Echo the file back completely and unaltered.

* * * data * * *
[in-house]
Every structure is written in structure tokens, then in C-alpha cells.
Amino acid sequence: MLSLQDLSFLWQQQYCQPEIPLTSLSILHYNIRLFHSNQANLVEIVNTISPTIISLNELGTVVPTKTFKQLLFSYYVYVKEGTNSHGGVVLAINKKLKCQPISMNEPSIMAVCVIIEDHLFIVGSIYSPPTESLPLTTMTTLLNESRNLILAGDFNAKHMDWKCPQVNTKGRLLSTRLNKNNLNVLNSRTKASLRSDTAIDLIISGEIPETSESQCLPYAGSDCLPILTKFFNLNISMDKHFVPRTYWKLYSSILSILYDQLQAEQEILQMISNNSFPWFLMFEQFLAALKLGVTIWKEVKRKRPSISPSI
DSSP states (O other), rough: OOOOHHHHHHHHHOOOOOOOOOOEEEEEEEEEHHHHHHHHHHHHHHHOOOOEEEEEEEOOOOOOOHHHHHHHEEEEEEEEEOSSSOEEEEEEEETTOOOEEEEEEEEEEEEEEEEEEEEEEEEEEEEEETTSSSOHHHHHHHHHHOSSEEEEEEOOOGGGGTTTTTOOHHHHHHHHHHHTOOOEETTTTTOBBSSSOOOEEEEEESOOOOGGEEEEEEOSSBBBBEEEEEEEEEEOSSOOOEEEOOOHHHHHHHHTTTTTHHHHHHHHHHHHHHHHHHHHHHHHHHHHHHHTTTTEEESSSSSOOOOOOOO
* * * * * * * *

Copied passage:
[in-house]
Every structure is written in structure tokens, then in C-alpha cells.
Amino acid sequence: MLSLQDLSFLWQQQYCQPEIPLTSLSILHYNIRLFHSNQANLVEIVNTISPTIISLNELGTVVPTKTFKQLLFSYYVYVKEGTNSHGGVVLAINKKLKCQPISMNEPSIMAVCVIIEDHLFIVGSIYSPPTESLPLTTMTTLLNESRNLILAGDFNAKHMDWKCPQVNTKGRLLSTRLNKNNLNVLNSRTKASLRSDTAIDLIISGEIPETSESQCLPYAGSDCLPILTKFFNLNISMDKHFVPRTYWKLYSSILSILYDQLQAEQEILQMISNNSFPWFLMFEQFLAALKLGVTIWKEVKRKRPSISPSI
DSSP states (O other), rough: OOOOHHHHHHHHHOOOOOOOOOOEEEEEEEEEHHHHHHHHHHHHHHHOOOOEEEEEEEOOOOOOOHHHHHHHEEEEEEEEEOSSSOEEEEEEEETTOOOEEEEEEEEEEEEEEEEEEEEEEEEEEEEEETTSSSOHHHHHHHHHHOSSEEEEEEOOOGGGGTTTTTOOHHHHHHHHHHHTOOOEETTTTTOBBSSSOOOEEEEEESOOOOGGEEEEEEOSSBBBBEEEEEEEEEEOSSOOOEEEOOOHHHHHHHHTTTTTHHHHHHHHHHHHHHHHHHHHHHHHHHHHHHHTTTTEEESSSSSOOOOOOOO